Based upon these facts, which clearly demonstrate the use of a prescription in connection with core sales, the lower court concluded that Syncor's core sales of nuclear medicine, being made pursuant to a physician's prescription, are exempt from consumer sales and service tax under W.Va. Code § 11-15-9(a)(11).
In challenging the lower court's ruling, Tax Commissioner suggests that West
Virginia Code § 11-15-9(a)(11) only applies when the patient directly buys and self-
administers a drug. In addition, Tax Commissioner relies upon the language used in 110
C.S.R. § 15-92.2, which defines non-exempt sales as those drugs sold to hospitals . . . which
are to be consumed in the performance of a professional service. Arguing that all sales of
nuclear medicines are consumed in the performance of a professional service and that the
subject sales are to the hospitals rather than to a patient, Tax Commissioner contends that the
core sales at issue are fully taxable.
Syncor argues that Tax Commissioner has sought to alter the plain language
of the statute through the adoption of self-serving regulations. As support for this position,
Syncor cites the language found in 10 C.S.R. § 15-92.2, which provides that: Drugs sold to
hospitals, licensed physicians, nursing homes, etc., which are to be consumed in the
performance of a professional service are subject to consumers sales and service tax. By
adding the limiting language--consumed in the performance of a professional service--
Syncor suggests that the state tax department sought to circumscribe the exemption so that
it would not apply whenever a drug is sold to a hospital or physician and then administered
by a purchaser other than the patient. Through this approach, Syncor contends that the tax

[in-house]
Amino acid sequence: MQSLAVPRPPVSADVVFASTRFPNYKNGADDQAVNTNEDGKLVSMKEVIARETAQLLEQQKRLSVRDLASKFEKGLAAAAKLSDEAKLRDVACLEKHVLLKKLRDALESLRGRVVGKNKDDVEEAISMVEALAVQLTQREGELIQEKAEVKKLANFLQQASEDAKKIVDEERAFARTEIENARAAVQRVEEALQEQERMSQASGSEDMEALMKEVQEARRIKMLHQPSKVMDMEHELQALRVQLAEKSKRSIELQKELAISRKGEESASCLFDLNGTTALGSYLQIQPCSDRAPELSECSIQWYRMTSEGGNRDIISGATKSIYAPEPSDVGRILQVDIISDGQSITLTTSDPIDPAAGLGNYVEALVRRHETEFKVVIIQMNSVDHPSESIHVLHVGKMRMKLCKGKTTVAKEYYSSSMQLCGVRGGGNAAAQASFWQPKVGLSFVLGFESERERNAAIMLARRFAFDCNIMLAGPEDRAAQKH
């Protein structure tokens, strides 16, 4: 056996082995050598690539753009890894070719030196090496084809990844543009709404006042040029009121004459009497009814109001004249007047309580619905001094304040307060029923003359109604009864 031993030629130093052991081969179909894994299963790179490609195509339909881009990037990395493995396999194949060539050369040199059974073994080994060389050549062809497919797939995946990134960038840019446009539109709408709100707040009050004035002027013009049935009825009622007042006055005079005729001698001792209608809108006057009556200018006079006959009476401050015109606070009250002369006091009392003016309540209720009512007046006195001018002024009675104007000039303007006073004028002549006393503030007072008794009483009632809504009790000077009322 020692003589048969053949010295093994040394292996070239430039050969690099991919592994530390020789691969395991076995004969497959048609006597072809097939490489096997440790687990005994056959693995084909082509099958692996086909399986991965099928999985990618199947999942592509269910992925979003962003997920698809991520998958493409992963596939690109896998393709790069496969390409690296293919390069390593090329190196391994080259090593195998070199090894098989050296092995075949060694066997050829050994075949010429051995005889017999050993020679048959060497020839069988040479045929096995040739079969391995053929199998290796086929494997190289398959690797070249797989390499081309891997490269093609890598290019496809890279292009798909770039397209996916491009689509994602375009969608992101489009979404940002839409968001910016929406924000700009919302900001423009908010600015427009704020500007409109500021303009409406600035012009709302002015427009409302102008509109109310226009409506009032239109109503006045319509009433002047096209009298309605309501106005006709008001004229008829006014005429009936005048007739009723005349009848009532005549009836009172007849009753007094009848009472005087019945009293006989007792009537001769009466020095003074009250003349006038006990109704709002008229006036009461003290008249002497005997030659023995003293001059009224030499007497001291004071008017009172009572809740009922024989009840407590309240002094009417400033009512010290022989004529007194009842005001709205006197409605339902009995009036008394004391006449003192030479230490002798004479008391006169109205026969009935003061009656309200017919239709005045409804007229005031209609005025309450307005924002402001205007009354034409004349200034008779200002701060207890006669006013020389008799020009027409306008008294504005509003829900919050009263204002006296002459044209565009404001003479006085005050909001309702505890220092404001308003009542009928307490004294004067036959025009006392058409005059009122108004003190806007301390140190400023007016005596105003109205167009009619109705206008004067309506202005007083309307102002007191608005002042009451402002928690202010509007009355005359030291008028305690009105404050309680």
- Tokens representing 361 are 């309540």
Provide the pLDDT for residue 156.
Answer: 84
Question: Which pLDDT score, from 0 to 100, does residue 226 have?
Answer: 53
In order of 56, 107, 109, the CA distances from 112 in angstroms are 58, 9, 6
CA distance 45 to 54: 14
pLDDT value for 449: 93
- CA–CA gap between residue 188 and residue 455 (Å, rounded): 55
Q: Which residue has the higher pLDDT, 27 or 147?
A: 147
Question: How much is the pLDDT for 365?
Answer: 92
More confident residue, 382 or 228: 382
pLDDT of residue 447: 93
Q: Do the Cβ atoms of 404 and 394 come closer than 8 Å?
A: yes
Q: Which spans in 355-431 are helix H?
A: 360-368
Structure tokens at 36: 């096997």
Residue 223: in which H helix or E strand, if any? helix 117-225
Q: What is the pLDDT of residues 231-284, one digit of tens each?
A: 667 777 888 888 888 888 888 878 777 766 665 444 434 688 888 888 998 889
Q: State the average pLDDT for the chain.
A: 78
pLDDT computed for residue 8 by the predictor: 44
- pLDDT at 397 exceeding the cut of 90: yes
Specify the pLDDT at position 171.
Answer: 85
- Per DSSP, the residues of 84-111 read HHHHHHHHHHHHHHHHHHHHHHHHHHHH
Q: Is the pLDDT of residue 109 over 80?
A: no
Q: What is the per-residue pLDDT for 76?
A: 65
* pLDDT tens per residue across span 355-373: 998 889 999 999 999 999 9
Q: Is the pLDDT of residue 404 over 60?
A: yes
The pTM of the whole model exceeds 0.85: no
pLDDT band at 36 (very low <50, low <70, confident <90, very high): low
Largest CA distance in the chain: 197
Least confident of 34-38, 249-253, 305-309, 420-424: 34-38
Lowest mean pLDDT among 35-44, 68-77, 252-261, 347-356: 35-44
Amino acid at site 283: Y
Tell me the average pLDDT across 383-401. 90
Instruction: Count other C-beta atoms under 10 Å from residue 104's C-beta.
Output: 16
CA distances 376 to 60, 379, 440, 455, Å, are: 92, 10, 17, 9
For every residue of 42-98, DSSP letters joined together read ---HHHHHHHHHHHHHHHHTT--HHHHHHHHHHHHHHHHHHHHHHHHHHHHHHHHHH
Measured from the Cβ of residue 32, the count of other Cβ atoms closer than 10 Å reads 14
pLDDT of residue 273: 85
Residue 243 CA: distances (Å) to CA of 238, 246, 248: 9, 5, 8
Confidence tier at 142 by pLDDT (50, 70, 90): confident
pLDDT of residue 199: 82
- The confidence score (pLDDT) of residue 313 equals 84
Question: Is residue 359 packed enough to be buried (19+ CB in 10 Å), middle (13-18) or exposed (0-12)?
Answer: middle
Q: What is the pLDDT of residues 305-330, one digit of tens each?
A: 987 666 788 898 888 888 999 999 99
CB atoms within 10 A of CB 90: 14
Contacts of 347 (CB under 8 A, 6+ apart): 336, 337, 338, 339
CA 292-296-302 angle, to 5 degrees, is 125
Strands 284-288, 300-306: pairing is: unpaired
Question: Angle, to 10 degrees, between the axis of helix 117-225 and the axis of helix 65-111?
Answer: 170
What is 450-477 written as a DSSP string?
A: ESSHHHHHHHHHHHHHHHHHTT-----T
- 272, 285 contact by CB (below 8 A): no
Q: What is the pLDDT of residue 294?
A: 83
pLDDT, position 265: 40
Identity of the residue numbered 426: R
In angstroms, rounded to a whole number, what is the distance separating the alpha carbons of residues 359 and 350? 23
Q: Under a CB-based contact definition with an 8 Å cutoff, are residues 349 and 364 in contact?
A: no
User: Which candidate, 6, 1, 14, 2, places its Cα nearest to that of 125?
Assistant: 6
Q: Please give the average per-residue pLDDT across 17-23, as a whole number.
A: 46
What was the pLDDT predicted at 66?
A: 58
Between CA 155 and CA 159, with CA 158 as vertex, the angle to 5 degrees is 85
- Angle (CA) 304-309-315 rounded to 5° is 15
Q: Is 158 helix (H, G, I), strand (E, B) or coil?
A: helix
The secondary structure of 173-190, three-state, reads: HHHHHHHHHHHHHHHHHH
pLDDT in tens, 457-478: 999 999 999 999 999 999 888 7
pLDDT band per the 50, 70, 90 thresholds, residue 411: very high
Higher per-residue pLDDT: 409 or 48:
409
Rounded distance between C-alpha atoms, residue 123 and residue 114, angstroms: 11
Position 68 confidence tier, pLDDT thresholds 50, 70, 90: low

department is seeking to tax drug sales that are currently exempted from taxation by the
provisions of West Virginia Code § 11-15-9(a)(11).See footnote 7
We explained in syllabus point five of Appalachian Power Co. v. State Tax
Department, 195 W.Va. 573, 466 S.E.2d 424 (1995), that [w]hen the language of a statute
is clear and unambiguous, an administrative agency's rules and regulations must give such
language the same clear and unambiguous force and effect. A corollary to this tenet of
statutory construction is that [a] statute or administrative rule may not, under the guise of
interpretation, be modified, revised, amended or rewritten. Syl. Pt. 1, Consumer Advocate
Div'n v. Public Serv. Comm'n, 182 W.Va. 152, 386 S.E.2d 650 (1989). As Syncor argues,
the purpose of regulations is to give effect to the governing statute; such regulations cannot
be used to alter or narrow the statute's application. See Boley v. Miller, 187 W.Va. 242, 246,
418 S.E.2d 352, 356 (1992) (recognizing that agency's statutory interpretation is inapplicable
where such interpretation 'is unduly restricted and in conflict with the legislative intent')
(quoting Syl. Pt. 5, in part, Hodge v. Ginsberg, 172 W.Va. 17, 303 S.E.2d 245 (1983)); see
also Syl. Pt. 4, Security Nat'l Bank & Trust Co. v. First W.Va. Bancorp, Inc., 166 W.Va. 775,
277 S.E.2d 613 (1981) (holding that [i]nterpretations of statutes by bodies charged with
their administration are given great weight unless clearly erroneous).
It is axiomatic that: "Where the language of a statute is free from ambiguity, its plain meaning is to be accepted and applied without resort to interpretation." Syl. Pt. 2, Crockett v. Andrews, 153 W. Va. 714, 172 S.E.2d 384 (1970). In this case, the statutory provisions could not be clearer. All that is required for entitlement to the exemption under West Virginia Code § 11-15-9(a)(11) is (1) a sale; (2) of a drug; (3) that is dispensed upon a prescription.See footnote 8 8 The parties do not dispute the existence of any of these three required elements. The key to whether the exemption found in West Virginia Code § 11-15-19(a)(11) applies in this case, as the circuit court fully appreciated, is whether the drugs at issue were dispensed pursuant to prescriptions.See footnote 9 9 Accordingly, we conclude that the sale of a radiopharmaceutical to a medical service provider is exempt from the consumer sales tax under the provisions of West Virginia Code § 11-15-9(a)(11) where the radiopharmaceutical is purchased and dispensed pursuant to a physician's prescription that was prepared for a particular, individual patient.
Based upon the foregoing, the decision of the Circuit Court of Cabell County is hereby affirmed.
regulations identify when drugs will be considered to be dispensed pursuant to a prescription. Rather than defining what qualifies as a prescription-type sale, the regulatory provisions emphasize the distinction between those sales pursuant to prescription (the exempt) and those that are sold to medical service providers in bulk form without the issuance of prescriptions (the non-exempt). See 110 C.S.R. § 15-92.1-.3.